Honeysuckle, common name for plants, usually woodland shrubs, of genus Lonicera, family Caprifoliaceae. Honeysuckle leaves were a favourite goat food, hence the name caprifolium [Lat, "goat's leaf"]. More than 150 species of Lonicera are widespread in the Northern Hemisphere; 9 are native to Canada. They are distributed transcontinentally, from the subarctic to southern Canada. Flowers are in pairs or 6-flowered whorls, and are showy in some species commonly under cultivation, eg, Japanese honeysuckle (L. japonica), woodbine (L. periclymenum), trumpet honeysuckle (L. sempervirens) and Tatarian honeysuckle (L. tatarica).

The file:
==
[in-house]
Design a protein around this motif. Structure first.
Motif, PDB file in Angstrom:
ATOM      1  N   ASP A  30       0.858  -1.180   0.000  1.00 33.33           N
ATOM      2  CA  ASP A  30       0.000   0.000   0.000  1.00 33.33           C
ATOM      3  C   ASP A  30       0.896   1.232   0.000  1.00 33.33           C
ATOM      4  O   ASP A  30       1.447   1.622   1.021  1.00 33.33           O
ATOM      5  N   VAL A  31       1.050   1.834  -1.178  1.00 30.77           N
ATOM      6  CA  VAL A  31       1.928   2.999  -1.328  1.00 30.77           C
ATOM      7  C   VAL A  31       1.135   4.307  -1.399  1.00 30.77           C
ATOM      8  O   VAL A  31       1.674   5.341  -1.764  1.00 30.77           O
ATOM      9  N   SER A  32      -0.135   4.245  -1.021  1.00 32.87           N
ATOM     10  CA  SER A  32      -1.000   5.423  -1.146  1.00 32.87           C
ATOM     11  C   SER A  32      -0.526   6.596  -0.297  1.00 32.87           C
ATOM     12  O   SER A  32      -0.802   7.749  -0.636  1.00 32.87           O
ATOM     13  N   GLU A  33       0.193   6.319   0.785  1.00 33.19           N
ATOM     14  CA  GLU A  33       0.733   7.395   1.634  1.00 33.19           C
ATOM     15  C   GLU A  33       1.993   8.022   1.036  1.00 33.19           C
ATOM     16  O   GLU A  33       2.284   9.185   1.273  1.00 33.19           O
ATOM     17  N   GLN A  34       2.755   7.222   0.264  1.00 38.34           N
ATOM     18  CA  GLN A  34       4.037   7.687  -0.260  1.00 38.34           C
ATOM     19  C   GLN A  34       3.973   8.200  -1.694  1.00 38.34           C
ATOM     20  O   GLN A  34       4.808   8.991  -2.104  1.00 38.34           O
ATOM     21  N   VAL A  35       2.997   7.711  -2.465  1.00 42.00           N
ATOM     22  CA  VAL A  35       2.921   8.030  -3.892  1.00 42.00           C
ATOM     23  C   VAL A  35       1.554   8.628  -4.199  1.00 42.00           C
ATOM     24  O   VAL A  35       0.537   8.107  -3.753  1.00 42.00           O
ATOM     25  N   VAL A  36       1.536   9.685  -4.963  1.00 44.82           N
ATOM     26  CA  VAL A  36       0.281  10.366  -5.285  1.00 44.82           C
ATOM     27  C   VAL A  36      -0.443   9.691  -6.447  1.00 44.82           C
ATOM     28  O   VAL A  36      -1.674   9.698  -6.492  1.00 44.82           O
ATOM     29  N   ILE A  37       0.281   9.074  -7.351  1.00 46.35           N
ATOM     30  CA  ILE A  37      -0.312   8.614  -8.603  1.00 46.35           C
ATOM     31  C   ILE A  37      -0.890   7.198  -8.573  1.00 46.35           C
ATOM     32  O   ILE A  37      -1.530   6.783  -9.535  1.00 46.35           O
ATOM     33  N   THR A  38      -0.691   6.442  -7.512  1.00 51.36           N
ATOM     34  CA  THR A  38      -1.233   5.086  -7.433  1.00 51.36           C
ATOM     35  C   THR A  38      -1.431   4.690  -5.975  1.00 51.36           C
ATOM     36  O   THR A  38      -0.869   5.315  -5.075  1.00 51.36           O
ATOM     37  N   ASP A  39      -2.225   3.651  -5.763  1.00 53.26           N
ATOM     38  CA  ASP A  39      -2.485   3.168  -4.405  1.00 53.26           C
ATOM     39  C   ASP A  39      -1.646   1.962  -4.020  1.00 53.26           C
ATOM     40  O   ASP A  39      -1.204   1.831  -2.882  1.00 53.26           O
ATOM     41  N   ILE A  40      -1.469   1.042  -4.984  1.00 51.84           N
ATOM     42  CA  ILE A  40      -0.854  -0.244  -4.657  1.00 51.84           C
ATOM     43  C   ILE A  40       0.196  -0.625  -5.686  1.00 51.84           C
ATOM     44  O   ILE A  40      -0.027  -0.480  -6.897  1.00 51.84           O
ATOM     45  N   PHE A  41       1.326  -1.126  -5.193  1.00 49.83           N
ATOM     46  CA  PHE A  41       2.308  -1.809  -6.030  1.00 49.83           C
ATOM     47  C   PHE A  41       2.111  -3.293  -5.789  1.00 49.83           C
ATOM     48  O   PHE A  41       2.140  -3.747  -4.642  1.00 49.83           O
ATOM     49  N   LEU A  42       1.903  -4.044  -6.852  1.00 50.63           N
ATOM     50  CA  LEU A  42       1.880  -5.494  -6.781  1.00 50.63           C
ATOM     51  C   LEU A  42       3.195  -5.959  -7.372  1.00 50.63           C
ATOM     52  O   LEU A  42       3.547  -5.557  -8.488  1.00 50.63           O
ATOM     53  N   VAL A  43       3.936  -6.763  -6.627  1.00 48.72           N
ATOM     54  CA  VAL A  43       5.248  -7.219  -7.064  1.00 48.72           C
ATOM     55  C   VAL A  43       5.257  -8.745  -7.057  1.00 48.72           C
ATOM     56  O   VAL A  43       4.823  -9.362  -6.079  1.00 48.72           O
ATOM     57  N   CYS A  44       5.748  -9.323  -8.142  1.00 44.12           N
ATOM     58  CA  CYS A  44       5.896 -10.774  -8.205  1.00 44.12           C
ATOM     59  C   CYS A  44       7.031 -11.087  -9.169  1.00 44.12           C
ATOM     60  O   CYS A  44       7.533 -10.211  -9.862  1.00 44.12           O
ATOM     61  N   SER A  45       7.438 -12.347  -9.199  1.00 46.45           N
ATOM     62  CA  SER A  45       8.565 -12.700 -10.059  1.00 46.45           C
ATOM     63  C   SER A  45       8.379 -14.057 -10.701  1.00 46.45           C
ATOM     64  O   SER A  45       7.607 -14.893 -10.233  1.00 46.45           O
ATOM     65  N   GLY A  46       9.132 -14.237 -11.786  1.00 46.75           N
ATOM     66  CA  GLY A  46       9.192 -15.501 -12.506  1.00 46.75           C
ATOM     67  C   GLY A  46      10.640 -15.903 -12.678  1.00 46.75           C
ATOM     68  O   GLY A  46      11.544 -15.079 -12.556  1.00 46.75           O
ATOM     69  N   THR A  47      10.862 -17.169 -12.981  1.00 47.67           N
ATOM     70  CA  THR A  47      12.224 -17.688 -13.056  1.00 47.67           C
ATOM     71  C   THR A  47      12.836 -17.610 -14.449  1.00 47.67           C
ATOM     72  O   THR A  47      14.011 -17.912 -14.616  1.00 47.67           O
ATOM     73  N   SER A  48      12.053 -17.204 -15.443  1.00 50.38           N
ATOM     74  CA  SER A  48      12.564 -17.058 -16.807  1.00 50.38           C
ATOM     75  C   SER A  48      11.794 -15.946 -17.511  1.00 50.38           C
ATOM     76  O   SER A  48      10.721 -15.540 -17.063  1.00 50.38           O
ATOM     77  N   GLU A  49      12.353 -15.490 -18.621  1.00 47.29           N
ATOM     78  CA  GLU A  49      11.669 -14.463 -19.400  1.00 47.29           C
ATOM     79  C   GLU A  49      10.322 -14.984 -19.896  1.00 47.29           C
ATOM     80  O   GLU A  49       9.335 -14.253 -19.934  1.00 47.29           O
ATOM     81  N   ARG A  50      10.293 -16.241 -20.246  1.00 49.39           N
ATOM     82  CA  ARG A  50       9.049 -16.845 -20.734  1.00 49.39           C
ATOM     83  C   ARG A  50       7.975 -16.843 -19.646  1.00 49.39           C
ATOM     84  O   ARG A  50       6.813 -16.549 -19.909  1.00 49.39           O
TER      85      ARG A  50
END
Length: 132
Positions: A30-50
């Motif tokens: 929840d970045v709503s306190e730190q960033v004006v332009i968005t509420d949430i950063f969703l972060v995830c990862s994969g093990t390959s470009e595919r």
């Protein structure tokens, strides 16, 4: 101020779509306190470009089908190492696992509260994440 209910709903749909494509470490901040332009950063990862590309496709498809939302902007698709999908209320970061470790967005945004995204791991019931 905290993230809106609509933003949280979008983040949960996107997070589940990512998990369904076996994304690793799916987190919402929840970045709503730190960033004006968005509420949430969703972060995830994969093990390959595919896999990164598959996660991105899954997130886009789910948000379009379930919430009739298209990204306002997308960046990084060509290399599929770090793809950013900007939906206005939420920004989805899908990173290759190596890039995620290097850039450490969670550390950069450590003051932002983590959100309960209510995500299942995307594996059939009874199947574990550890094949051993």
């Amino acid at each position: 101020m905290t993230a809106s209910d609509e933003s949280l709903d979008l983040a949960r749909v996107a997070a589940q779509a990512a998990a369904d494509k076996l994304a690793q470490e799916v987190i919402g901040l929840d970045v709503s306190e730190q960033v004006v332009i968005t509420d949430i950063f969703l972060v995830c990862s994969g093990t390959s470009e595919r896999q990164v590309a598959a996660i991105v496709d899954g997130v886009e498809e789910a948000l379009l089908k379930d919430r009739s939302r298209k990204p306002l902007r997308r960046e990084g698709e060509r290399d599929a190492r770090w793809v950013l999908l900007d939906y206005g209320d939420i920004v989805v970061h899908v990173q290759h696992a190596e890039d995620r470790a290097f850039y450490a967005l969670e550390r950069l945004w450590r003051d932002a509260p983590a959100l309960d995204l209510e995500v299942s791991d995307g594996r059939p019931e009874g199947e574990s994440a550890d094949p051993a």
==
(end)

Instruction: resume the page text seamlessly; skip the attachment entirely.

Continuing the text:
The most common Canadian species are: L. canadensis, L. dioica and L. oblongifolia, which are red-berried; and L. involucrata and L. villosa, which are black-berried. All of these have yellowish flowers. Seven species, including L. caprifolium (Italian woodbine), L. periclymenum (woodbine honeysuckle) and L. tatarica, have been naturalized in Canada from garden escapes. Woodbine and the related climbing honeysuckles are limited to the mildest regions of Canada. Tatarian honeysuckle is very cold hardy and a valuable prairie ornamental.

Berries are generally nauseously bitter and purgative. North American Indians used berries and root bark for digestive problems and gonorrhea, and as a tonic.